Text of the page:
"In life, we live not to be a carbon copy of someone else's life, but to fully embrace the uniqueness of one's self. Always stay true to your identity in every intersecting way you can identify yourself as."
This is what will radiate the most inner peace from within, believes Tamani Rarama.
Tamani, born and raised in Nausori, is the eldest of four siblings.
He attended Saivou District, Visama Primary and Vunimono Primary for his primary studies before attending Vunimono High and Sila Central High School for secondary education.
Tamani had a challenging childhood. His parents had separated when he and his siblings were growing up and as a result, they were asked to live with their uncle and aunt in the village.
Soon after, his mother Sereima Kidia took charge and since then he has lived with his mother with the help of maternal and paternal support in funding their education.
He still remembers selling jam in bottles that his mother made in order to put food on the table.
He also found it challenging growing up as a non-gender conforming person.
He always faced a lot of challenges with a lot of stigma, discrimination and bullying.
"I believe that people lack the knowledge and understanding to fully comprehend the diversity of sexuality and gender.
"We are often boxed with this heteronormative learning that is shaped by so many factors not limited to our religion and culture."
Last year, Tamani lost his grandmother, Fulori Kidia, who he says was his biggest supporter.
Tamani cherishes all the memories he shared with his beloved grandmother and forever keeps her advice in his heart.
"I should be open to try out everything, and only then will I know what is good for me and what is bad," he shared of his favourite advice from his late grandmother.
"I had a very close relationship with my grandmother who I lost last year. I was also close to my mother and I am thankful for the both of them in my life," Tamani said.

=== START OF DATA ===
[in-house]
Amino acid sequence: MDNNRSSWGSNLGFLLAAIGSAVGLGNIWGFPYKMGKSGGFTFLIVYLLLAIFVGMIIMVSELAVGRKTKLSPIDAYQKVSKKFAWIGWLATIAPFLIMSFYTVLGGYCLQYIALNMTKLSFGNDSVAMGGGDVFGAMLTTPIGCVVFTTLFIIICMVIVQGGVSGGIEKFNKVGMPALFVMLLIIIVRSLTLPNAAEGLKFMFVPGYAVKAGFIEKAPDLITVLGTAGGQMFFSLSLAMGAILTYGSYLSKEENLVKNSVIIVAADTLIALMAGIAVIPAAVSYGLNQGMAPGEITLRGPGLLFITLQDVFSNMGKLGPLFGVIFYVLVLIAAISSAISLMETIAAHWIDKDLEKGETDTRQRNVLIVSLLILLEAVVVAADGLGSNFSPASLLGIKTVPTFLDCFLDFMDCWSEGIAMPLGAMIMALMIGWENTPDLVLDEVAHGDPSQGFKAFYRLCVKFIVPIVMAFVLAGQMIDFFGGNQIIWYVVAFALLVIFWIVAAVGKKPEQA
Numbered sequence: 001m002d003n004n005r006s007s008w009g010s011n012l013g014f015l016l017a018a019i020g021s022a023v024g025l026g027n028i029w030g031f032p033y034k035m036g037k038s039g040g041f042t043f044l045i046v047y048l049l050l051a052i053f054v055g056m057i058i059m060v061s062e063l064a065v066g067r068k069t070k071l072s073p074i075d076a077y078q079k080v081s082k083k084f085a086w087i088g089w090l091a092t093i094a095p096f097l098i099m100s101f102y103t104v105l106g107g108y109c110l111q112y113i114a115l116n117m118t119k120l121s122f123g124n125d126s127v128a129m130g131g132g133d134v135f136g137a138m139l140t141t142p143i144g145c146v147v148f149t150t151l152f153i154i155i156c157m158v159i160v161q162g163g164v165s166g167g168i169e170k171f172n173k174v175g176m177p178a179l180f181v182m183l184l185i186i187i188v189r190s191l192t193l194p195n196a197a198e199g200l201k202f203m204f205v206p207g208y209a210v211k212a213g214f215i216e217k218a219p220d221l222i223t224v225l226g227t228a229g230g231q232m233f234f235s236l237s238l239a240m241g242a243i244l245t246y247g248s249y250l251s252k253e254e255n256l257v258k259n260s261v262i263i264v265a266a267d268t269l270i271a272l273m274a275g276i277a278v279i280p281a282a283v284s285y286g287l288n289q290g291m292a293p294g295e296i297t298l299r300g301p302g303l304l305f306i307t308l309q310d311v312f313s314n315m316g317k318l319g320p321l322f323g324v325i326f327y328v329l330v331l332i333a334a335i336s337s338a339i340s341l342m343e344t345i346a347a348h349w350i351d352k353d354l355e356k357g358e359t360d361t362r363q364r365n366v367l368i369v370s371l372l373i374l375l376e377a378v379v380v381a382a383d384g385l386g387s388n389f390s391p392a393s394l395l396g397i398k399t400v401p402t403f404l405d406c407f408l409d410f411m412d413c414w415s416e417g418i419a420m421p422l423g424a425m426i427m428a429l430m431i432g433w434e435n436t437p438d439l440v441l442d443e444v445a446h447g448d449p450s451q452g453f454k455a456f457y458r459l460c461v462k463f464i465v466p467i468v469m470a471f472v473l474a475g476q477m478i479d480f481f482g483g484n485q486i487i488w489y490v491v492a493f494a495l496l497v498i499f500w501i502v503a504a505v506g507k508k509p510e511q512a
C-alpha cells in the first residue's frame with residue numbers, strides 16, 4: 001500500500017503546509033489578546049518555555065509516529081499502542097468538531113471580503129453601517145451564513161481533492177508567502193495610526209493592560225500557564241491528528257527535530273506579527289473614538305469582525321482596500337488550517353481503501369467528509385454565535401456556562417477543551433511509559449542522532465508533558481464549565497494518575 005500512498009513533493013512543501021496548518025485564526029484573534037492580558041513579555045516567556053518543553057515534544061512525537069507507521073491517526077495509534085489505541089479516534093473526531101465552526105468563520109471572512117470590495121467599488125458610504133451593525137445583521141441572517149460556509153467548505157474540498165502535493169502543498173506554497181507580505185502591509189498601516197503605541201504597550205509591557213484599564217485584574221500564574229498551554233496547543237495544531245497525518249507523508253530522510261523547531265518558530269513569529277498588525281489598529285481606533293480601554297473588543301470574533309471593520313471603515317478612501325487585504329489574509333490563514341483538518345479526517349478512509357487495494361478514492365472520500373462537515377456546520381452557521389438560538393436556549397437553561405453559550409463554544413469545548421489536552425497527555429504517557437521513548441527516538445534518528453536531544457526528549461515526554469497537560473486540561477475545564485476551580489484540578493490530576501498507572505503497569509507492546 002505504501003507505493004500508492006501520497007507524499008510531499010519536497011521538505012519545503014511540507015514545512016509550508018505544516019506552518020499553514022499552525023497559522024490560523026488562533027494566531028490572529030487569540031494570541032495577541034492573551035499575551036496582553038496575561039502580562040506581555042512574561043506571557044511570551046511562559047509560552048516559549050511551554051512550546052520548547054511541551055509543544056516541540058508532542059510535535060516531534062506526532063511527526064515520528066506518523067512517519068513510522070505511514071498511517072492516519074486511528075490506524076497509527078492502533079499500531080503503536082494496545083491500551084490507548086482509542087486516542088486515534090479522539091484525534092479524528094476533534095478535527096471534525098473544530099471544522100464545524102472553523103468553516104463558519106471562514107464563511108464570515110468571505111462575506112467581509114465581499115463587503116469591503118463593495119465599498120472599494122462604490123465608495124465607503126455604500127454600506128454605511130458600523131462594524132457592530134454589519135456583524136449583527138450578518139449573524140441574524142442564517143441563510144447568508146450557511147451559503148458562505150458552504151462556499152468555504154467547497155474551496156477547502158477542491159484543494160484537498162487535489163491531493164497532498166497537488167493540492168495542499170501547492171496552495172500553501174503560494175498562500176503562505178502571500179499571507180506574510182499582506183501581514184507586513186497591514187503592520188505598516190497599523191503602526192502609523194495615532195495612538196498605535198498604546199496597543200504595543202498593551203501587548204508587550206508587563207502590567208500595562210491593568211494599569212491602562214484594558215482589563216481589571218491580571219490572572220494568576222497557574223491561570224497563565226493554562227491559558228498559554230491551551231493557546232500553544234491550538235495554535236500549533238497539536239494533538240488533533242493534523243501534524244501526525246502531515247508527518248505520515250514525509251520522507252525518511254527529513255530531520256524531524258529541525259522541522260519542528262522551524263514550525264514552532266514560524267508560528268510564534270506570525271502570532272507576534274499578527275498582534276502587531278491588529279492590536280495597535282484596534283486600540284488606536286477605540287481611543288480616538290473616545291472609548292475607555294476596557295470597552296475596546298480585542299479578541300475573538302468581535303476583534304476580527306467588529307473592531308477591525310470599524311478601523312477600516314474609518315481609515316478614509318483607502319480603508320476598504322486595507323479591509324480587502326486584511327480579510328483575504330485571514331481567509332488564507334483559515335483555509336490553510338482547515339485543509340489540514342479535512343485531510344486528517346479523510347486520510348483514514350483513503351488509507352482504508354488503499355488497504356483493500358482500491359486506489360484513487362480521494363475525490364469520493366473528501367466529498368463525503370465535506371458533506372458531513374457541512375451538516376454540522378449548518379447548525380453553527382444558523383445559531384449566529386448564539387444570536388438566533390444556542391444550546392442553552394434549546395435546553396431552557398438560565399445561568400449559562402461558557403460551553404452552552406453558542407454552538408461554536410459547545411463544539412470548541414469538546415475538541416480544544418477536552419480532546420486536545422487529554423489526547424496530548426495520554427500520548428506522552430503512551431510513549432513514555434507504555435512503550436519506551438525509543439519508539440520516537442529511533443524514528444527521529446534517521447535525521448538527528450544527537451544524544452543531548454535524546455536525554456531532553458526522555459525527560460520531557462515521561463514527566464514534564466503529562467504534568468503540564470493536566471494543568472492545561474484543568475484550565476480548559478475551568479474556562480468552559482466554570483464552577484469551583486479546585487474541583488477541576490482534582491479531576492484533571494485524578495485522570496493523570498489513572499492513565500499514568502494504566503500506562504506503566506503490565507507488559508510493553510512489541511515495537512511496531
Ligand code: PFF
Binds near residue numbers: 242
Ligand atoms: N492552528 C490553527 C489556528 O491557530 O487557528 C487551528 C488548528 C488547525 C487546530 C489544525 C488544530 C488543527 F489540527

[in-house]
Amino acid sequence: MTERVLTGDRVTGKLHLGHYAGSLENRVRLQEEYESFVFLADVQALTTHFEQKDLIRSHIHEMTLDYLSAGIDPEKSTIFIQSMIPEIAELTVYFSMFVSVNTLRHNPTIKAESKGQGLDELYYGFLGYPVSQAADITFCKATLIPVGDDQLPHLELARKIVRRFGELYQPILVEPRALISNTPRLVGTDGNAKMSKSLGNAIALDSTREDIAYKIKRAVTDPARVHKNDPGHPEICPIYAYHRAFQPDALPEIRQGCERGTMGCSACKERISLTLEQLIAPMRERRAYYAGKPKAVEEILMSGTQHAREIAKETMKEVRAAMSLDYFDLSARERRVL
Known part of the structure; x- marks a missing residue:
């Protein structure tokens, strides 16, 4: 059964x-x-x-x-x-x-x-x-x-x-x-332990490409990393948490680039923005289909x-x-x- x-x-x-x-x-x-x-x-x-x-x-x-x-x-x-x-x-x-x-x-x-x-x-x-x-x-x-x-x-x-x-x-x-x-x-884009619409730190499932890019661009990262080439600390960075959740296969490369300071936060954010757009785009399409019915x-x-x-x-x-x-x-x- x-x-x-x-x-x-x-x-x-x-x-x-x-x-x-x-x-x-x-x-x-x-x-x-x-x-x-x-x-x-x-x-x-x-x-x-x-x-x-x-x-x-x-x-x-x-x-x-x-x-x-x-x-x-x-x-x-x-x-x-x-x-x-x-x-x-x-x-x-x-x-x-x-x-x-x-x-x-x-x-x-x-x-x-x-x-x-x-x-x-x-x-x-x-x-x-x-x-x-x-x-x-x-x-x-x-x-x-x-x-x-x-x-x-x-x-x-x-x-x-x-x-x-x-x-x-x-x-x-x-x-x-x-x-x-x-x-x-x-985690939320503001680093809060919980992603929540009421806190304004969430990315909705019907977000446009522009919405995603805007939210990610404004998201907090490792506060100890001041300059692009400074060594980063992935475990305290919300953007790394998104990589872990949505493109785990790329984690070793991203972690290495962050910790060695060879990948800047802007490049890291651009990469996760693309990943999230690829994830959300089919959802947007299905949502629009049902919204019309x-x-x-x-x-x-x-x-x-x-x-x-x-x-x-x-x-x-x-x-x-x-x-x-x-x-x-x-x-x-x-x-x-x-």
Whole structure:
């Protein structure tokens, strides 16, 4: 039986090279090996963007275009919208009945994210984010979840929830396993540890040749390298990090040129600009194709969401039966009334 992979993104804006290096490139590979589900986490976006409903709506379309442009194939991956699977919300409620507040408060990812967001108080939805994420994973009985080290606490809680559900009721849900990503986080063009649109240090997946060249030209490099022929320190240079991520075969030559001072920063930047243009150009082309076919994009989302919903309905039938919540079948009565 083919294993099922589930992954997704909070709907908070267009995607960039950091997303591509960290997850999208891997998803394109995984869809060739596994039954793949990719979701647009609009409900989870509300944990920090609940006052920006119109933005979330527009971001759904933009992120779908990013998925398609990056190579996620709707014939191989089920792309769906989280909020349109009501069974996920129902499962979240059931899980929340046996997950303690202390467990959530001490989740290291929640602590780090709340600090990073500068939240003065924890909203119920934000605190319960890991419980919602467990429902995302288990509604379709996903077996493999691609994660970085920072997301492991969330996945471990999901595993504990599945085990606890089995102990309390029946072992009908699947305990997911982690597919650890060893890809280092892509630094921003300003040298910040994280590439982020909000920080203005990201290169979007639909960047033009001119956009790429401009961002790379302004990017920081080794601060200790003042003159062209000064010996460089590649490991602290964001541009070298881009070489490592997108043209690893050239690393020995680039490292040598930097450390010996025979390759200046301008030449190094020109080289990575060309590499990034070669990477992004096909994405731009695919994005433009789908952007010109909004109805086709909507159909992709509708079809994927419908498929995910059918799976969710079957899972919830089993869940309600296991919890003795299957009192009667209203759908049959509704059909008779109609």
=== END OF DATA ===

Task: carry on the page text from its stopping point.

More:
Tamani works for World Health Organization as a special projects officer, and his work involves collaborating with the Ministry of Health's national mental health unit in organising and co-ordinating national programs and projects.
He believes he is a human rights defender with a passion in working to see the promotion and protection of human rights particularly for the marginalised community.
"I always volunteered my time to Rainbow Pride Foundation, a lesbian, gay, bisexual, transgender, intersex and queer non-government organisation," Tamani said
In 2014, Tamani was a member of the Youth Parliament of Fiji and tabled the issue of transparency, corruption and integrity with a linkage to young people in the country.
And in 2015, he graduated from the Emerging Leaders Forum, an initiative by the Fiji Women's Rights Movement for young emerging leaders.
"I have also presented young people's issues in national, regional and international spaces," he said.
"I have always loved working with young people because not only are they future leaders, but they have the potential to change the world to be what we would love it to be. This is on top of highlighting issues such as LGBTIQ rights, HIV and AIDS, climate justice, sexual reproductive health and rights," Tamani says.
"There is this greater belief in me that young people have so much in them to change the world we now live in.
"They are the innovators that will guide us through the new century."
The support he gets from his family, colleagues and friends, continues to guide and encourage him on a daily basis.
This, he said, was a motivating factor in his life and line of work.